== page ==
Birth of Rome Review – Part 1

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Developer: AGEOD

Publisher: Matrix Games/Slithereine Ltd.

Author: Boggit

Recently, AGEOD created the standalone ancients game Birth of Rome. For players new to the AGEOD ancients world, it is a standalone expansion of their earlier game– see here for my earlier review of the core game. For owners of Alea Jacta Est it is essentially a scenario pack of 6 new scenarios. Boggit takes the Grog’s view of whether it is a “Spoil of War” or just “a collection of broken swords.”


There has been some mixed debate in the Matrix forums regarding the game, with two issues being of greatest concern. Whilst some critics have been a little toxic as to the “value” of the game scenarios, there is reasonable constructive criticism regarding “drive bloat” for existing owners of Alea Jacta Est. The concern here is core game files being duplicated just to play the additional scenarios, so adding unnecessarily to drive space. This isn’t actually as bad as it sounds and a quick email to the developer provided a workable solution, provided here:

Essentially all you need to do is take all the content of the Scens folder of Alea Jacta Est and add it to Birth of Rome, and do the same for the Events folder, then this should be ok. Birth of Rome will then be Birth of Rome + Alea Jacta Est… And you can uninstall Alea Jacta Est afterward (after ensuring that the core Birth of Rome game works)…. Problem sorted!

As to the scenarios, there are six, namely:

  • 3rd Samnite War 298BC (104 turns)
  • Ager Gallicus 283BC (31 turns)
  • Pyrrhic Victories 283BC (70 turns)
  • First Punic War 264BC (284 turns)
  • First Punic War 256BC (183 turns) (Punic War Lite…? At 183 turns I’m ROFL!)
  • Mercenary War 241BC (48 turns)

It must be said that as a game, or scenario pack – depending on whether you are already an owner of the excellent Alea Jacta Est – this early Roman period is rarely seen as a wargame, making this a fresh experience for “Roman Period” gamers.

Unlike previous one off scenario reviews, I’m dealing with six scenarios. To keep this article manageable I’ll summarise each scenario with a bit of background history, a little AAR, together with gameplay observations and my assessment of how the scenario played out both in terms of historical accuracy and as entertainment. Hopefully, that will make the review an easy read, yet give you a fair idea as to what you’re getting for your money if you buy the game.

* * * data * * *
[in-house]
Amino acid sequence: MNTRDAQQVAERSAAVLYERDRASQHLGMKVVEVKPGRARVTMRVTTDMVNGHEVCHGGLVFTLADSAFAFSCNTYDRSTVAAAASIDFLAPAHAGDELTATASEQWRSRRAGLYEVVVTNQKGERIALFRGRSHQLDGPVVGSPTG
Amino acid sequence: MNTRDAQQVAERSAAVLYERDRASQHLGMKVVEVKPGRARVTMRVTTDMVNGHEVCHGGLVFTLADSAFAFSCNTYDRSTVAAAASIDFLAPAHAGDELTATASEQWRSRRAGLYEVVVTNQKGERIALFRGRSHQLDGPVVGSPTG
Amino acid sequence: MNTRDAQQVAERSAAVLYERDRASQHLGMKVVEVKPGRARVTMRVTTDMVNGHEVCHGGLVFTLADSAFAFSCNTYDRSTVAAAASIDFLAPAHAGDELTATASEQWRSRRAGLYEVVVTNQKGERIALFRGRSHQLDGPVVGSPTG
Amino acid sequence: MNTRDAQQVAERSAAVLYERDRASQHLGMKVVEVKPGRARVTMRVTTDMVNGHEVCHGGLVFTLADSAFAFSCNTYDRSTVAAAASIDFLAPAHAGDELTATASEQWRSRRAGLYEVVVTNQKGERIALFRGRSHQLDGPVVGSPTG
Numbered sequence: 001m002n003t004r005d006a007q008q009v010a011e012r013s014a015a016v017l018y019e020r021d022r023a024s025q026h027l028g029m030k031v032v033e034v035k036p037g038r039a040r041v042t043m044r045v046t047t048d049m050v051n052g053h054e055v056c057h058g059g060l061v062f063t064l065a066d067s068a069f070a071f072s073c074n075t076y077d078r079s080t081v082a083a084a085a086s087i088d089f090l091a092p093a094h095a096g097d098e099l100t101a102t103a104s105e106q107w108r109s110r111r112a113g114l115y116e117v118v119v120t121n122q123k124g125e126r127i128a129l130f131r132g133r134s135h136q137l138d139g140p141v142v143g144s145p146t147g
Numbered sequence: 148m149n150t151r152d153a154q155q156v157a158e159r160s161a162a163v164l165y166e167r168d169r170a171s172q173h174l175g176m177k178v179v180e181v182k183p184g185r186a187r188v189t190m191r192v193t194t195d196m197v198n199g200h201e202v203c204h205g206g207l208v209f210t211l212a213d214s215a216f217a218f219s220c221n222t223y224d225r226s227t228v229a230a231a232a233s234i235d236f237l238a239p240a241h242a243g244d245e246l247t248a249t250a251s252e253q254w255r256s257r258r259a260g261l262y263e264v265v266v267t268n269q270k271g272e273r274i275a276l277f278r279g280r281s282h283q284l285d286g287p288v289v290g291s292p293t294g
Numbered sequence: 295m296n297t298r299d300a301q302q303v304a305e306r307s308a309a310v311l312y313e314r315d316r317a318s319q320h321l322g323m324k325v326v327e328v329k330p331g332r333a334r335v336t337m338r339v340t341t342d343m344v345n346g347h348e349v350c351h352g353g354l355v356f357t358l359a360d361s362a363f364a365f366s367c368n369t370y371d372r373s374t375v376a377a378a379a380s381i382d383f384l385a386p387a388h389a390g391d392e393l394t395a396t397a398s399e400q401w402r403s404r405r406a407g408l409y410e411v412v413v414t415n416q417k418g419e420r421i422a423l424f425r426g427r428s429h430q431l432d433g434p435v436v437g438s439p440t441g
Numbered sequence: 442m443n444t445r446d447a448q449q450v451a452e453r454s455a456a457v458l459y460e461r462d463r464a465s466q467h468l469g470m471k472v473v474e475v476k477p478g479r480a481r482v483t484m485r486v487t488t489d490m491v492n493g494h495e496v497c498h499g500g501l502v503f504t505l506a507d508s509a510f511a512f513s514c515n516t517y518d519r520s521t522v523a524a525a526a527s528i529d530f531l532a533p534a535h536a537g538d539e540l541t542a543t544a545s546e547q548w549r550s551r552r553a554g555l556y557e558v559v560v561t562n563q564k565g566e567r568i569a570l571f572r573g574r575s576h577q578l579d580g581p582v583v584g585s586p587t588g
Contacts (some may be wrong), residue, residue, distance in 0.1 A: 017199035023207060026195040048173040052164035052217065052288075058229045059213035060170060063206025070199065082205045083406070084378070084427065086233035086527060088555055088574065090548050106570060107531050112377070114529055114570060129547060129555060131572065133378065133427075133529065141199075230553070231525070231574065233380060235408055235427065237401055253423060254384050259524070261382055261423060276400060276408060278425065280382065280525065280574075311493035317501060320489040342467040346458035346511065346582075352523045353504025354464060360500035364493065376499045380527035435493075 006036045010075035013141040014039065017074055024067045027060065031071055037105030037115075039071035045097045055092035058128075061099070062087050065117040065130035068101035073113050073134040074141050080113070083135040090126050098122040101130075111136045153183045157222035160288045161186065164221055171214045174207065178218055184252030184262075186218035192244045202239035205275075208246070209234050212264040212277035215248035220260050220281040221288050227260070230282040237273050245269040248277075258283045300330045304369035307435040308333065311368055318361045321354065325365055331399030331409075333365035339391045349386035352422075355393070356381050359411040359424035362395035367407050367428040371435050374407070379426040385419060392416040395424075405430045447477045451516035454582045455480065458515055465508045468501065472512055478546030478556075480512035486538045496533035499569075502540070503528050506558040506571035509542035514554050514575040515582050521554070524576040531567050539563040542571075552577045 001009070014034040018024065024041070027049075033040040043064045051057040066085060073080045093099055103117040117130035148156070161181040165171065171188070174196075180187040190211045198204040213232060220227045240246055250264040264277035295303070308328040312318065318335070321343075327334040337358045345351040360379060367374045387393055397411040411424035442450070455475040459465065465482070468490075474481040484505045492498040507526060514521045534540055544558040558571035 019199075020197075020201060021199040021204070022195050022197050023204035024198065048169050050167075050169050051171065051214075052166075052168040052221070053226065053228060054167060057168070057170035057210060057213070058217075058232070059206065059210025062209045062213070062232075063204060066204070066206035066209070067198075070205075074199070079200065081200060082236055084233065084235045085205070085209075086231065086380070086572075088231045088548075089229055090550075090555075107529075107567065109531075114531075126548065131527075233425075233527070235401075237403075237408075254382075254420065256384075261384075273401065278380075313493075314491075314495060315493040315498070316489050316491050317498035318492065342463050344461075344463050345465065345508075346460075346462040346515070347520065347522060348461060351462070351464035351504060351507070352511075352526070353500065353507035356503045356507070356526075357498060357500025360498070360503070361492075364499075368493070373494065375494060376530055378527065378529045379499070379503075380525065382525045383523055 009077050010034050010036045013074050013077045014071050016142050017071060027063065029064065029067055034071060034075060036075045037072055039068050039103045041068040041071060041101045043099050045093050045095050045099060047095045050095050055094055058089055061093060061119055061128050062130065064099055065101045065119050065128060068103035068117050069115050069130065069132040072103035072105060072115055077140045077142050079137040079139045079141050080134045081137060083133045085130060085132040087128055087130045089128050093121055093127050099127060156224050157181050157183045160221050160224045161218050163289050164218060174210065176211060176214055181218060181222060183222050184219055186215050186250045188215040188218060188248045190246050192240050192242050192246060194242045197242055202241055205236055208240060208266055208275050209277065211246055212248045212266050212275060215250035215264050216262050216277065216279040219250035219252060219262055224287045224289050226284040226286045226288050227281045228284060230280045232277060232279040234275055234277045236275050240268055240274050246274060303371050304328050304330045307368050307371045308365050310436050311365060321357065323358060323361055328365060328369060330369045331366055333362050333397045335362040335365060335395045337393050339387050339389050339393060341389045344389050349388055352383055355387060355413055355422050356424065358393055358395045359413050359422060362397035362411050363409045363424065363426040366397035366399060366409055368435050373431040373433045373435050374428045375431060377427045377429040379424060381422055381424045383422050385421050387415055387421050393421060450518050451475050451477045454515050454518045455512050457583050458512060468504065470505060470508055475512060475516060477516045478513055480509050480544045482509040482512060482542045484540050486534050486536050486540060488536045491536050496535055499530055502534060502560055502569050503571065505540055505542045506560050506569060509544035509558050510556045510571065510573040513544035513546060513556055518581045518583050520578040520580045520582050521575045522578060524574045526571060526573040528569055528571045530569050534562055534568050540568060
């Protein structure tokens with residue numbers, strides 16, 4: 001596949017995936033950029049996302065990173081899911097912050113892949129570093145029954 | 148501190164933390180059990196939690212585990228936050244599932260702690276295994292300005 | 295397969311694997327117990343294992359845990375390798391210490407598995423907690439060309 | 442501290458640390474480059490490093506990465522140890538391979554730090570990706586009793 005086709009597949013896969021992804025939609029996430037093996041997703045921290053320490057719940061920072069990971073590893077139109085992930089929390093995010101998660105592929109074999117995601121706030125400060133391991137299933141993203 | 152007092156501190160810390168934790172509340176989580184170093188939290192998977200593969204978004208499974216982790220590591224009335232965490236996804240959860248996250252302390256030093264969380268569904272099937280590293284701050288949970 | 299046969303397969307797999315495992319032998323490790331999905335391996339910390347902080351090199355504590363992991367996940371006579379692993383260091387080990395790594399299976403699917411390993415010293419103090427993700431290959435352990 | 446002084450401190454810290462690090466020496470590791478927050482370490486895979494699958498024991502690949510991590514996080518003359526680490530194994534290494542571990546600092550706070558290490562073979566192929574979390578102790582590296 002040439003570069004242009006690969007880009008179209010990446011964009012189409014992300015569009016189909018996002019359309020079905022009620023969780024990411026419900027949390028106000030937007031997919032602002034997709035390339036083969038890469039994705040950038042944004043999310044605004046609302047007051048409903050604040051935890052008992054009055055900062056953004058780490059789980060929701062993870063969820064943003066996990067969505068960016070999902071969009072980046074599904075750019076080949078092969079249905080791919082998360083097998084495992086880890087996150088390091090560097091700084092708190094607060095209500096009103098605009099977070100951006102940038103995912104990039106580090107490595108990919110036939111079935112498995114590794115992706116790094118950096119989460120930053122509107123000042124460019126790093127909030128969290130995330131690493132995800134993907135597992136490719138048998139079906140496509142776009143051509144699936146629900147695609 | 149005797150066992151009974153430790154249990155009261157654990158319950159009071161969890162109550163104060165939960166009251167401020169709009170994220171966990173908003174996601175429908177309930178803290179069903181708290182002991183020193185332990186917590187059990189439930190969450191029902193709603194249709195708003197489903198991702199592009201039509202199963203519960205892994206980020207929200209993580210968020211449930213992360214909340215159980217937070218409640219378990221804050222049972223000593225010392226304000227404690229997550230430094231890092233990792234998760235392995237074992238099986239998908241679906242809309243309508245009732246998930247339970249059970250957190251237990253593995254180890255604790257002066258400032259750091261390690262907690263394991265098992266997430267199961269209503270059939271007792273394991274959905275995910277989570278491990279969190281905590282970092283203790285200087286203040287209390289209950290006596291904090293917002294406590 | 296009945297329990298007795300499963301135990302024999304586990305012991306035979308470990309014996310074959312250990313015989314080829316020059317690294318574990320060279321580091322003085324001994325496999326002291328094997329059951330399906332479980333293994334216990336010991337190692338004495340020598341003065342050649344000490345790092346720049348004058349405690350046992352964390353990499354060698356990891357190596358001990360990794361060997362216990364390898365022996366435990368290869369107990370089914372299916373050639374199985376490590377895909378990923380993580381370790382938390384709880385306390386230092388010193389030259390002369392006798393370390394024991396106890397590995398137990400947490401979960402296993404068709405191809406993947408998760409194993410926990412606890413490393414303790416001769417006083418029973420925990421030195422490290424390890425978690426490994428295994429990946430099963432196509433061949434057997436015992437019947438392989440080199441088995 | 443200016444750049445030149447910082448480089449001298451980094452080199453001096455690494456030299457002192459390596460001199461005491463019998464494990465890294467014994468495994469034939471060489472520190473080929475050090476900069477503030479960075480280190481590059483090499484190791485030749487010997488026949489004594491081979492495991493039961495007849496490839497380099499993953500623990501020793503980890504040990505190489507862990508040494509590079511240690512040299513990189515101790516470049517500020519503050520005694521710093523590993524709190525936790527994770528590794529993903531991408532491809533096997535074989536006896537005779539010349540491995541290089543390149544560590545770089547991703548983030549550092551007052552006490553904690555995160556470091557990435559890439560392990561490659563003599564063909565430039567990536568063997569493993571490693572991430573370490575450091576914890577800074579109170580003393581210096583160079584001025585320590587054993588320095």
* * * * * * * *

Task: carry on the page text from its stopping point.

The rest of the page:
3rd  Samnite War (298-290BC)

The Samnites had fought several earlier wars with Rome for the supremacy of Central Italy. As part of this ongoing struggle the Samnites attempted to ally with the Lucanians. The Lucanians did not agree, so the Samnites attempted to compel them by force. The Lucanians turned to Rome, and drove out the Samnites. In response the Samnites forged more alliances with the Senones (a Gallic tribe), and the Etruscans.

The main Samnite army was commanded by Gellius Egnatius, and Rome’s under L. Scipio Barbatus. At the battle of Cemerinum in 295BC Scipio was defeated. Rome then raised its largest force to date and campaigned against the opposing Italian tribes and Senones in northern Umbria. Gallic forces caused significant Roman losses, but ultimately the Romans prevailed and destroyed the alliance. This resulted in Rome receiving the surrender of the Umbrian rebels, the occupation of the Senones’ territory, and peace with the Etruscans. Having disposed of the allied forces, subsequent campaigns were fought against the Samnites until they sued for peace in 290BC. Ironically for a defeated enemy of Rome the Samnites received citizenship without the vote. The later war against the Senones would not be so considerate… At the end of the Third Samnite War, Rome was pre-eminent in Central Italy and its territory now extended across the peninsula from the Tyrrhenian Sea to the Adriatic.


Roman progress is slowed in an early skirmish. Check out the unit artwork… nice. 

In this scenario I played as the Romans. To win, the Romans must occupy Samnium and Etruria by the turn 104. It gives Rome a lot of time, but there is a lot to do. Rome starts off with two Consular armies of two Legions each, but faces potentially FIVE armies (Two Samnite, one Etruscan, one Umbrian and the Senones). Because the Samnites are hoping to get their allies to intervene, for the Romans time is of the essence. Historically, they were able to take out the Samnite allies one by one before fully confronting the Samnites. On the plus side, an alliance is available for Rome with Picenum, which helps to keep the Senones in check.

My starting strategy was to send L. Scipio Barbatus to lay siege to Maleventum and hopefully draw the Samnites to battle there. Meanwhile the other Consular army remains as strategic reserve, although using it actively I lay siege to the city of Volsinii (immediately north of Rome) to remove such an enemy base so close to Rome itself. I recruited allied cavalry, since this is an area of weakness for Roman forces.

The Romans take Maleventum quickly, but following a skirmish under the capable Samnium commander Rome is forced out, resulting in a stalemate as following incursions got nowhere. This pattern of conflict became common in the early game, since forces are fairly well balanced and in the hilly country of central Italy skirmishes were typical of much of the fighting in this war. By the end of the first year the Samnites had counterattacked in Capua, but were bogged down in a lengthy siege. Now was a good time to release my reserve, which had captured Volsinii, resulting in a couple of pitched battles at Capua, leaving the Samnites bloodied and in retreat.